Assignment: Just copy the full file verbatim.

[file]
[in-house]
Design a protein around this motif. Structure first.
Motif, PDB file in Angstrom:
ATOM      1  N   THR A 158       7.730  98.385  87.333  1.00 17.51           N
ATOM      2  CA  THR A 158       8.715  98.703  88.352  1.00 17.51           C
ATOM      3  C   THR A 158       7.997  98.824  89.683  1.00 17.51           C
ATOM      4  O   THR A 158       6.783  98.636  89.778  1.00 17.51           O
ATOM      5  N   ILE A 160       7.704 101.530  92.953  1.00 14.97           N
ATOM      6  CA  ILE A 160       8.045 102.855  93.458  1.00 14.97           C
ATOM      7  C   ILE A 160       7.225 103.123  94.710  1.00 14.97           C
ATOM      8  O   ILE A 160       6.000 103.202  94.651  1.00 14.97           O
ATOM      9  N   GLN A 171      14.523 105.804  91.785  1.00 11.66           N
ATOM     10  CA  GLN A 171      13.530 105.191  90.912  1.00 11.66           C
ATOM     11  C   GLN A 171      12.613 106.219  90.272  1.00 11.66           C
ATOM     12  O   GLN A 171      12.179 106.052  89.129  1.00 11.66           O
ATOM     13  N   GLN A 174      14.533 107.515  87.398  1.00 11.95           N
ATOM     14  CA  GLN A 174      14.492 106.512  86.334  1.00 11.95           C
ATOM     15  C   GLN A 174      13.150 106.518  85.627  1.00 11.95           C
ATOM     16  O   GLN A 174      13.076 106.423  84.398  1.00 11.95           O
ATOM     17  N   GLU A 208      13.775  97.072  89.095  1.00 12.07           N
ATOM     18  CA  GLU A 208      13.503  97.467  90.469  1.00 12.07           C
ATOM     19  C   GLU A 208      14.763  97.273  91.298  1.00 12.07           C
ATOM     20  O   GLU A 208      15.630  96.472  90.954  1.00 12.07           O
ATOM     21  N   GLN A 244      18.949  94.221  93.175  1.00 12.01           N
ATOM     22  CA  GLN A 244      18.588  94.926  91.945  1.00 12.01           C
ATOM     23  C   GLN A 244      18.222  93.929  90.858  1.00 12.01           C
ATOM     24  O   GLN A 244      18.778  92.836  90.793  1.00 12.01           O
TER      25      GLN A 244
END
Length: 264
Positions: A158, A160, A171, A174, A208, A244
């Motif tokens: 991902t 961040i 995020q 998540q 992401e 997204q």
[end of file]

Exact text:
[in-house]
Design a protein around this motif. Structure first.
Motif, PDB file in Angstrom:
ATOM      1  N   THR A 158       7.730  98.385  87.333  1.00 17.51           N
ATOM      2  CA  THR A 158       8.715  98.703  88.352  1.00 17.51           C
ATOM      3  C   THR A 158       7.997  98.824  89.683  1.00 17.51           C
ATOM      4  O   THR A 158       6.783  98.636  89.778  1.00 17.51           O
ATOM      5  N   ILE A 160       7.704 101.530  92.953  1.00 14.97           N
ATOM      6  CA  ILE A 160       8.045 102.855  93.458  1.00 14.97           C
ATOM      7  C   ILE A 160       7.225 103.123  94.710  1.00 14.97           C
ATOM      8  O   ILE A 160       6.000 103.202  94.651  1.00 14.97           O
ATOM      9  N   GLN A 171      14.523 105.804  91.785  1.00 11.66           N
ATOM     10  CA  GLN A 171      13.530 105.191  90.912  1.00 11.66           C
ATOM     11  C   GLN A 171      12.613 106.219  90.272  1.00 11.66           C
ATOM     12  O   GLN A 171      12.179 106.052  89.129  1.00 11.66           O
ATOM     13  N   GLN A 174      14.533 107.515  87.398  1.00 11.95           N
ATOM     14  CA  GLN A 174      14.492 106.512  86.334  1.00 11.95           C
ATOM     15  C   GLN A 174      13.150 106.518  85.627  1.00 11.95           C
ATOM     16  O   GLN A 174      13.076 106.423  84.398  1.00 11.95           O
ATOM     17  N   GLU A 208      13.775  97.072  89.095  1.00 12.07           N
ATOM     18  CA  GLU A 208      13.503  97.467  90.469  1.00 12.07           C
ATOM     19  C   GLU A 208      14.763  97.273  91.298  1.00 12.07           C
ATOM     20  O   GLU A 208      15.630  96.472  90.954  1.00 12.07           O
ATOM     21  N   GLN A 244      18.949  94.221  93.175  1.00 12.01           N
ATOM     22  CA  GLN A 244      18.588  94.926  91.945  1.00 12.01           C
ATOM     23  C   GLN A 244      18.222  93.929  90.858  1.00 12.01           C
ATOM     24  O   GLN A 244      18.778  92.836  90.793  1.00 12.01           O
TER      25      GLN A 244
END
Length: 264
Positions: A158, A160, A171, A174, A208, A244
């Motif tokens: 991902t 961040i 995020q 998540q 992401e 997204q």